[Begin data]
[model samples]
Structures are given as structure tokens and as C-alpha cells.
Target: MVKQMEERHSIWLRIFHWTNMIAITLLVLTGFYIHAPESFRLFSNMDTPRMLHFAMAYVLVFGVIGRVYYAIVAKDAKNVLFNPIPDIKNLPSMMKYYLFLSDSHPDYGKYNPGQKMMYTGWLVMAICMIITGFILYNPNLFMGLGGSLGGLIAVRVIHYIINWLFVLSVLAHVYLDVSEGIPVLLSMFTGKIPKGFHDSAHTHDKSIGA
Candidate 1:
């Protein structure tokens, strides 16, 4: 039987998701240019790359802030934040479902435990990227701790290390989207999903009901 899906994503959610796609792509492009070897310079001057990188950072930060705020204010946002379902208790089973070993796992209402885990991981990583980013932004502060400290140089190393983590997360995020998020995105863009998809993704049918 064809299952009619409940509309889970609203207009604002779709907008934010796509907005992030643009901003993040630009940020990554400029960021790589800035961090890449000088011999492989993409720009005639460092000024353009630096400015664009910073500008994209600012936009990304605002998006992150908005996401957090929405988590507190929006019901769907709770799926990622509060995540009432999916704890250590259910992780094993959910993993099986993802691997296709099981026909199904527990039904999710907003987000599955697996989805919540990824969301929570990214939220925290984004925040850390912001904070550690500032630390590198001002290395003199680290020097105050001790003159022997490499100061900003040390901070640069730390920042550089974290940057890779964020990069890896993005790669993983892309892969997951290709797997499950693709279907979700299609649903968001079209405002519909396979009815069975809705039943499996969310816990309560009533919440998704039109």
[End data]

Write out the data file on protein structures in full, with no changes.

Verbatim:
[model samples]
Structures are given as structure tokens and as C-alpha cells.
Target: MVKQMEERHSIWLRIFHWTNMIAITLLVLTGFYIHAPESFRLFSNMDTPRMLHFAMAYVLVFGVIGRVYYAIVAKDAKNVLFNPIPDIKNLPSMMKYYLFLSDSHPDYGKYNPGQKMMYTGWLVMAICMIITGFILYNPNLFMGLGGSLGGLIAVRVIHYIINWLFVLSVLAHVYLDVSEGIPVLLSMFTGKIPKGFHDSAHTHDKSIGA
Candidate 1:
């Protein structure tokens, strides 16, 4: 039987998701240019790359802030934040479902435990990227701790290390989207999903009901 899906994503959610796609792509492009070897310079001057990188950072930060705020204010946002379902208790089973070993796992209402885990991981990583980013932004502060400290140089190393983590997360995020998020995105863009998809993704049918 064809299952009619409940509309889970609203207009604002779709907008934010796509907005992030643009901003993040630009940020990554400029960021790589800035961090890449000088011999492989993409720009005639460092000024353009630096400015664009910073500008994209600012936009990304605002998006992150908005996401957090929405988590507190929006019901769907709770799926990622509060995540009432999916704890250590259910992780094993959910993993099986993802691997296709099981026909199904527990039904999710907003987000599955697996989805919540990824969301929570990214939220925290984004925040850390912001904070550690500032630390590198001002290395003199680290020097105050001790003159022997490499100061900003040390901070640069730390920042550089974290940057890779964020990069890896993005790669993983892309892969997951290709797997499950693709279907979700299609649903968001079209405002519909396979009815069975809705039943499996969310816990309560009533919440998704039109």